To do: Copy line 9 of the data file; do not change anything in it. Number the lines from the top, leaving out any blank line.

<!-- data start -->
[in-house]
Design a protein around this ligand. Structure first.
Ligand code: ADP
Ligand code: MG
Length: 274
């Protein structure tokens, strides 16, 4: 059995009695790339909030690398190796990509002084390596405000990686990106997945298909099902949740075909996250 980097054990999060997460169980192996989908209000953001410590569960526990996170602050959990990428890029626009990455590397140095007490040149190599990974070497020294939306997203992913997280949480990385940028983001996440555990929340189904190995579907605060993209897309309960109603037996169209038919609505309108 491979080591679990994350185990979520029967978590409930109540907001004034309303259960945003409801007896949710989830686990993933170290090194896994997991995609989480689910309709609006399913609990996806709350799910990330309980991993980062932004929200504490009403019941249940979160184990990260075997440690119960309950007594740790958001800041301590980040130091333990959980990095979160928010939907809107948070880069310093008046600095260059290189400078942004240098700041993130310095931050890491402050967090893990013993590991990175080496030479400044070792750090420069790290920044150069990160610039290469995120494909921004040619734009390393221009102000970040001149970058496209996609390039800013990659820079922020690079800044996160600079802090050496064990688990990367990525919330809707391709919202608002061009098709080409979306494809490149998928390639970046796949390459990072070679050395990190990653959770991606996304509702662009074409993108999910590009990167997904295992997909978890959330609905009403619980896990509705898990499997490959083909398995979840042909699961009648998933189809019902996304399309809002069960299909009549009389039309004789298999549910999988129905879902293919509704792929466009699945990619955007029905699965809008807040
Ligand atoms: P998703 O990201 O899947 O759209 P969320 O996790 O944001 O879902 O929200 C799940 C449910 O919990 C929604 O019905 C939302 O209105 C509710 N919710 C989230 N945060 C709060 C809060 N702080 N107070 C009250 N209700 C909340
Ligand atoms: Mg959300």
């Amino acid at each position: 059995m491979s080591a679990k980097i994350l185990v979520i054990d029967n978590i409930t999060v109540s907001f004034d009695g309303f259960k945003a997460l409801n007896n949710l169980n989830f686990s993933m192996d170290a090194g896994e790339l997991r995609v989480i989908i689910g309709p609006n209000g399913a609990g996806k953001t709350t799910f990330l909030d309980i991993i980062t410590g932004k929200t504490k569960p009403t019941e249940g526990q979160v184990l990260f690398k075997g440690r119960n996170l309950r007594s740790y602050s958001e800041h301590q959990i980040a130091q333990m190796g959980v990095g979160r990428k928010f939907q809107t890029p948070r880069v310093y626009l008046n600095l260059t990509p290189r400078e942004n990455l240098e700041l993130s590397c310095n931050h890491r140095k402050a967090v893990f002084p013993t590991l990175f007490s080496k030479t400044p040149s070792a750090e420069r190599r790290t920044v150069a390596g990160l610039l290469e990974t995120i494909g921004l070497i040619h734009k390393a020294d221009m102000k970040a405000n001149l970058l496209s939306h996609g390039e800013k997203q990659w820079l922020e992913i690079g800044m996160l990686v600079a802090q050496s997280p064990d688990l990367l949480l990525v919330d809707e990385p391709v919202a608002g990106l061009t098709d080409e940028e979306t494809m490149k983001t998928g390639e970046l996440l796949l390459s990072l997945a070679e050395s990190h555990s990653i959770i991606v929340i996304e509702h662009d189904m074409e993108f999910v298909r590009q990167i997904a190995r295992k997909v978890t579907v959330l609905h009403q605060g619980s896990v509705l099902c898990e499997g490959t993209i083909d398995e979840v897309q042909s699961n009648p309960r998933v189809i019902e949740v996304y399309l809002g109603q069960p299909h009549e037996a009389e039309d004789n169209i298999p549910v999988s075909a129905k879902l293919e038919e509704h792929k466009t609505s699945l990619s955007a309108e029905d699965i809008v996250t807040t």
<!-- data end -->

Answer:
């Amino acid at each position: 059995m491979s080591a679990k980097i994350l185990v979520i054990d029967n978590i409930t999060v109540s907001f004034d009695g309303f259960k945003a997460l409801n007896n949710l169980n989830f686990s993933m192996d170290a090194g896994e790339l997991r995609v989480i989908i689910g309709p609006n209000g399913a609990g996806k953001t709350t799910f990330l909030d309980i991993i980062t410590g932004k929200t504490k569960p009403t019941e249940g526990q979160v184990l990260f690398k075997g440690r119960n996170l309950r007594s740790y602050s958001e800041h301590q959990i980040a130091q333990m190796g959980v990095g979160r990428k928010f939907q809107t890029p948070r880069v310093y626009l008046n600095l260059t990509p290189r400078e942004n990455l240098e700041l993130s590397c310095n931050h890491r140095k402050a967090v893990f002084p013993t590991l990175f007490s080496k030479t400044p040149s070792a750090e420069r190599r790290t920044v150069a390596g990160l610039l290469e990974t995120i494909g921004l070497i040619h734009k390393a020294d221009m102000k970040a405000n001149l970058l496209s939306h996609g390039e800013k997203q990659w820079l922020e992913i690079g800044m996160l990686v600079a802090q050496s997280p064990d688990l990367l949480l990525v919330d809707e990385p391709v919202a608002g990106l061009t098709d080409e940028e979306t494809m490149k983001t998928g390639e970046l996440l796949l390459s990072l997945a070679e050395s990190h555990s990653i959770i991606v929340i996304e509702h662009d189904m074409e993108f999910v298909r590009q990167i997904a190995r295992k997909v978890t579907v959330l609905h009403q605060g619980s896990v509705l099902c898990e499997g490959t993209i083909d398995e979840v897309q042909s699961n009648p309960r998933v189809i019902e949740v996304y399309l809002g109603q069960p299909h009549e037996a009389e039309d004789n169209i298999p549910v999988s075909a129905k879902l293919e038919e509704h792929k466009t609505s699945l990619s955007a309108e029905d699965i809008v996250t807040t």